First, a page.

Senior population feels effects of primary care shortage in New Braunfels

Local officials say the 65-and-older age group faces difficulty finding Medicare-friendly options.

Local officials say the 65-and-older age group faces difficulty finding Medicare-friendly options.

Image description
Breakdown of senior living facilities
Image description
Thriving in the golden years
Image description
Ask the experts
New Braunfels’ senior population  is growing. Numbers from the U.S. Census Bureau show New Braunfels saw a population increase of 5,385 residents between 2014-16, and 1,317—or 24.5 percent—were 60 or older.

Tripp Lyles, director of strategy for Resolute Health Hospital, said as the senior population grows, the health care industry struggles to keep up.

“I would say there is probably inadequate coverage today,” he said.

In particular, Lyles cited a shortage of primary care physicians in New Braunfels.

“If you look at demand, our hospital service area is short by 68 primary care physicians,” Lyles said.

Dr. Emily Briggs, chief of staff for Christus Santa Rosa Hospital-New Braunfels, said the push for more family physicians—which are largely responsible for taking care of the geriatric population—is a nationwide effort, particularly in New Braunfels where she says seniors are thriving.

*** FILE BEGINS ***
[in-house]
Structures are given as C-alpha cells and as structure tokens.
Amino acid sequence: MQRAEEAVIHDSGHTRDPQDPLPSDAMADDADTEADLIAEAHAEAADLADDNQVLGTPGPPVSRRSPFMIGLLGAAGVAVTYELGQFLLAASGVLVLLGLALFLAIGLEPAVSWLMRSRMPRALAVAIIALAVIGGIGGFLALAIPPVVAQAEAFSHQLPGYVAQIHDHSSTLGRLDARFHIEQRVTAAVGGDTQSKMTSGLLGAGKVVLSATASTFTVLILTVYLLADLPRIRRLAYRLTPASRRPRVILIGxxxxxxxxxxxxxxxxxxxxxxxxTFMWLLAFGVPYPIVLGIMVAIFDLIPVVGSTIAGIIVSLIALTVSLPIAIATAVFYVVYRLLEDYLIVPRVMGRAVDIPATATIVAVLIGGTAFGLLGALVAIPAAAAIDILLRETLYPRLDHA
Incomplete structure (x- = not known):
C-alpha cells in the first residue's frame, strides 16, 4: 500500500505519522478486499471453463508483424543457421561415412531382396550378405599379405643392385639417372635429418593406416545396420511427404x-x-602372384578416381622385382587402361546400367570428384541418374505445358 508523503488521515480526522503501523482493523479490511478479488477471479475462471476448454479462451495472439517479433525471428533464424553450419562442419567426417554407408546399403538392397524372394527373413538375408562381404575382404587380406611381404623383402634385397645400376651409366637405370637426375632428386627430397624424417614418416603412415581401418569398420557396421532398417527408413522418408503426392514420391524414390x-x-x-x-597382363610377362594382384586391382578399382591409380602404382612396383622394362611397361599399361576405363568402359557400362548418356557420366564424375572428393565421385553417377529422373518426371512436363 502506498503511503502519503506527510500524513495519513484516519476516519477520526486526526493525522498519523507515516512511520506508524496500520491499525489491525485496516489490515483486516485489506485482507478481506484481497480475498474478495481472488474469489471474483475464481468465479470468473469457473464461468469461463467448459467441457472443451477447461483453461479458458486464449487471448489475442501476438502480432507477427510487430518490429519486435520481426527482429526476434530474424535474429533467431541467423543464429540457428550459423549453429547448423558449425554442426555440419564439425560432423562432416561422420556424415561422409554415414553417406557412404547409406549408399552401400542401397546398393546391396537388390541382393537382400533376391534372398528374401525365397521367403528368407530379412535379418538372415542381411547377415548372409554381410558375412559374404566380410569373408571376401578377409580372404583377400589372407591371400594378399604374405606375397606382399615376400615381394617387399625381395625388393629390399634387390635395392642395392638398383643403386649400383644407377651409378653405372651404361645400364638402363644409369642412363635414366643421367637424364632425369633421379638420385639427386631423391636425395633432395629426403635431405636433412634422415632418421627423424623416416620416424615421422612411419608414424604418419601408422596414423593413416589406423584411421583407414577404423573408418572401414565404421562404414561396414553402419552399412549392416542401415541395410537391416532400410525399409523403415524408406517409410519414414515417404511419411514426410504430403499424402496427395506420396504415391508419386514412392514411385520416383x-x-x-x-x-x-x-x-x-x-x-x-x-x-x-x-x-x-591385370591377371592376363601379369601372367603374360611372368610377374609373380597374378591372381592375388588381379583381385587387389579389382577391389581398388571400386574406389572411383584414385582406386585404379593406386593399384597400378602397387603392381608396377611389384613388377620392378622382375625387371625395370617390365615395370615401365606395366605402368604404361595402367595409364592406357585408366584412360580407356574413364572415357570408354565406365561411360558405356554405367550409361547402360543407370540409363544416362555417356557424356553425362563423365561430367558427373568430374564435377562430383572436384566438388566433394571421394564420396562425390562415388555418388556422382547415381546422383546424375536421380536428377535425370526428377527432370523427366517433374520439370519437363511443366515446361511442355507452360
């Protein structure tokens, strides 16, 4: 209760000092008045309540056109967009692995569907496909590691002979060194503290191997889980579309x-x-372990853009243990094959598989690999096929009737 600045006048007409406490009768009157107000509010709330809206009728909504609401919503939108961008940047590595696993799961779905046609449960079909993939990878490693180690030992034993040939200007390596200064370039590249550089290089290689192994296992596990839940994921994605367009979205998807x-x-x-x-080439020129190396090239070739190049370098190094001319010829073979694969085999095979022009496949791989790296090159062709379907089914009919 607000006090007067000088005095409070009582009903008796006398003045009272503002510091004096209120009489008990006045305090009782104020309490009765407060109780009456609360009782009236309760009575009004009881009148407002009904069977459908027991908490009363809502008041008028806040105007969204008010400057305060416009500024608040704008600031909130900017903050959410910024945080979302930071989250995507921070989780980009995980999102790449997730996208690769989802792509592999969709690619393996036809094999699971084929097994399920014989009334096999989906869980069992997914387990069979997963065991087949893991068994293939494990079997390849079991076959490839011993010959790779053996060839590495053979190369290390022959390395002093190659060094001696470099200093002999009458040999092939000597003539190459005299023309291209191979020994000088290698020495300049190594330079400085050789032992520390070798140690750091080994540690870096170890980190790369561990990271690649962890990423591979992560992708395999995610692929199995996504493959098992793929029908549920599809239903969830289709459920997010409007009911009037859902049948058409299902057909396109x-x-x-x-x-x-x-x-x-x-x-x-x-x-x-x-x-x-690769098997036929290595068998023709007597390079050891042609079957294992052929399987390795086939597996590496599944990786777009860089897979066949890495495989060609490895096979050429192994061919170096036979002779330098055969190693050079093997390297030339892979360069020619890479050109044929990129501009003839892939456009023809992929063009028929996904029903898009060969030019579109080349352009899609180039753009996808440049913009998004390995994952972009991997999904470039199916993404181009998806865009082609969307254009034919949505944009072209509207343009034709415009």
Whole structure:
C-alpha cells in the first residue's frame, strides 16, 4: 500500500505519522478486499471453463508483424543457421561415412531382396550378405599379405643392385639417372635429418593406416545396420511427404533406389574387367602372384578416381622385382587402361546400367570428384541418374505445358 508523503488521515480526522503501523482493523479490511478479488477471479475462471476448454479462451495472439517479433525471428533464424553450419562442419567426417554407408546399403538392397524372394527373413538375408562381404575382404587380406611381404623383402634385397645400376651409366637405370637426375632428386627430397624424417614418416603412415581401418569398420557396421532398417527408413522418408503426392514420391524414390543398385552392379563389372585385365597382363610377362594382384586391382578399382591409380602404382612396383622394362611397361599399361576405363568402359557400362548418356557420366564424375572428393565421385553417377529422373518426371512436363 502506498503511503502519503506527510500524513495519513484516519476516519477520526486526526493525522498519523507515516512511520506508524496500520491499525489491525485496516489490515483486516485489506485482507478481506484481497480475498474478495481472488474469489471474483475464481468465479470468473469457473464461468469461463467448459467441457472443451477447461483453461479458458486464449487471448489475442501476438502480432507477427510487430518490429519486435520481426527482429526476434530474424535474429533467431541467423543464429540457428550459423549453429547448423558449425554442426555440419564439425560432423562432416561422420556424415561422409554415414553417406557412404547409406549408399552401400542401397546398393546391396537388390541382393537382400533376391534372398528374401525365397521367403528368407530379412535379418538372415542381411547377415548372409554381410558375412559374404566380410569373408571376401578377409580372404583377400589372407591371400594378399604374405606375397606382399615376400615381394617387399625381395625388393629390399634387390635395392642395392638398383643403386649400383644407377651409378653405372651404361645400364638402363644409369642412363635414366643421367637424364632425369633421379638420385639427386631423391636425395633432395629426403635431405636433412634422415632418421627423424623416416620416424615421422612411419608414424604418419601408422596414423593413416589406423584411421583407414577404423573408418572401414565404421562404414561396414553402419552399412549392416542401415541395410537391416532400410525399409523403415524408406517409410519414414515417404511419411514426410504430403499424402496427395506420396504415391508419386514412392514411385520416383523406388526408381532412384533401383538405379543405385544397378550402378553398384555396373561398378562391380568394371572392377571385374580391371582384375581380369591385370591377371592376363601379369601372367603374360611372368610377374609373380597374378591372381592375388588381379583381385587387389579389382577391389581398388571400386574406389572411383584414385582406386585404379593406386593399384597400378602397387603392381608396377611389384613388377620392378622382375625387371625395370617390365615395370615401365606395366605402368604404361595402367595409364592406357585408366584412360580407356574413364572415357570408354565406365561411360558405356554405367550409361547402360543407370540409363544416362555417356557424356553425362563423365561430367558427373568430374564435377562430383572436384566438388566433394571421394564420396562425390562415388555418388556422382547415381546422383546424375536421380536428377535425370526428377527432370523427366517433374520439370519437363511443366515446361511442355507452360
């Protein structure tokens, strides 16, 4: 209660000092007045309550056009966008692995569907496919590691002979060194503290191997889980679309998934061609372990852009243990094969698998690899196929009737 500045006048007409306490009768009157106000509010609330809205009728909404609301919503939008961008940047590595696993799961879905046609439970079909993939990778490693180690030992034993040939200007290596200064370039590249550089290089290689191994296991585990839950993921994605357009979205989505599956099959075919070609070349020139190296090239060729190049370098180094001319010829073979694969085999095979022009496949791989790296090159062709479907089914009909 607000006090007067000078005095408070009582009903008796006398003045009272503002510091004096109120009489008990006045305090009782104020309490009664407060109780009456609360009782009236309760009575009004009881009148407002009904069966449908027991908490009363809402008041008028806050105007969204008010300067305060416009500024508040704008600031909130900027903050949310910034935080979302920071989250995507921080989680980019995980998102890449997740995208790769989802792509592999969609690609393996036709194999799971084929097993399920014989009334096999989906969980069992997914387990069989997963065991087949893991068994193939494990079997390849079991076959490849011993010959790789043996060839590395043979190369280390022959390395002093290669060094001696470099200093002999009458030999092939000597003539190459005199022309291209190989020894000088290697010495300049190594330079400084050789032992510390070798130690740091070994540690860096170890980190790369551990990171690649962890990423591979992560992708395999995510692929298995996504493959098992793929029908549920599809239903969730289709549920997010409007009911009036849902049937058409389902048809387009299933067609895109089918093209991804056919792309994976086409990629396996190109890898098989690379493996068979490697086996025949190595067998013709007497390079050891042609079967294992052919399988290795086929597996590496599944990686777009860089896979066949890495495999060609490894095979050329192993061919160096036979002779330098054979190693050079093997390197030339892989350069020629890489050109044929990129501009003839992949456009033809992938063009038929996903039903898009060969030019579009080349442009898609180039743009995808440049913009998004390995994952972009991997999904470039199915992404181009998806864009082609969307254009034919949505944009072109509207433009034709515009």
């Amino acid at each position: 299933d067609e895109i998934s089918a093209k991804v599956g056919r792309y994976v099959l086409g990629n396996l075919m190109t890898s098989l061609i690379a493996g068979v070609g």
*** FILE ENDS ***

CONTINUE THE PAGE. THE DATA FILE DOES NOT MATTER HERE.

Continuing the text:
“If you’re an 80-year-old in New Braunfels, you are vibrant; you are doing your own gardening,” she said.

The Medicare factor

As more baby boomers are tapping into Medicare benefits, Lyles and Briggs said it is not uncommon for them to face challenges when searching for a primary care physician.

“Medicare patients tend to take a lot more time; they have a lot more chronic issues, which limits the number of patients a physician office can see in a day,” Lyles said.

Cost is another factor, Briggs said, because Medicare only covers the cost of care, which makes it more difficult to make a profit.

After he turned 65, longtime New Braunfels resident Steve Chapman said he felt the reluctance of local physicians to see him.

“I was looking for a new doctor, and I did find that at least initially I tried two or three different doctors and they weren’t accepting new Medicare patients, so I had to lean on a friend.”

Chapman said his friend was an influential person in town who helped connect him with a doctor who took him on as a patient.

Briggs accepts Medicare at her practice, Briggs Family Medicine, but she said she has witnessed the struggle local seniors face when it comes to finding—or keeping—a primary care home.